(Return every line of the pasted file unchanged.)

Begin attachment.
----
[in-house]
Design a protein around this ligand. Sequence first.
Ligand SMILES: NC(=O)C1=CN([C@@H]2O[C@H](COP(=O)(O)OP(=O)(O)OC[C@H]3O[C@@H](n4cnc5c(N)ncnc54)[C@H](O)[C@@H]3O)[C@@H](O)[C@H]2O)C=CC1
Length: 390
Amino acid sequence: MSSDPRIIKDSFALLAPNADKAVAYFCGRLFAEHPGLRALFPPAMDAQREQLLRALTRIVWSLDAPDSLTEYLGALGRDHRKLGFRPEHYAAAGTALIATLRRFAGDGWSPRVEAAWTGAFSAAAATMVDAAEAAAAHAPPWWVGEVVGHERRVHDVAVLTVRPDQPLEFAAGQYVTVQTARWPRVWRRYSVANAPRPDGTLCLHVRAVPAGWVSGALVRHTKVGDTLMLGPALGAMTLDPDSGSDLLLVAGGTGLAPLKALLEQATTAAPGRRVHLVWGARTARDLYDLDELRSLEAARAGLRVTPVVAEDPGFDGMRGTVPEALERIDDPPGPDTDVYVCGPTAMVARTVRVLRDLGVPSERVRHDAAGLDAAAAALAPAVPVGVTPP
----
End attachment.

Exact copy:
[in-house]
Design a protein around this ligand. Sequence first.
Ligand SMILES: NC(=O)C1=CN([C@@H]2O[C@H](COP(=O)(O)OP(=O)(O)OC[C@H]3O[C@@H](n4cnc5c(N)ncnc54)[C@H](O)[C@@H]3O)[C@@H](O)[C@H]2O)C=CC1
Length: 390
Amino acid sequence: MSSDPRIIKDSFALLAPNADKAVAYFCGRLFAEHPGLRALFPPAMDAQREQLLRALTRIVWSLDAPDSLTEYLGALGRDHRKLGFRPEHYAAAGTALIATLRRFAGDGWSPRVEAAWTGAFSAAAATMVDAAEAAAAHAPPWWVGEVVGHERRVHDVAVLTVRPDQPLEFAAGQYVTVQTARWPRVWRRYSVANAPRPDGTLCLHVRAVPAGWVSGALVRHTKVGDTLMLGPALGAMTLDPDSGSDLLLVAGGTGLAPLKALLEQATTAAPGRRVHLVWGARTARDLYDLDELRSLEAARAGLRVTPVVAEDPGFDGMRGTVPEALERIDDPPGPDTDVYVCGPTAMVARTVRVLRDLGVPSERVRHDAAGLDAAAAALAPAVPVGVTPP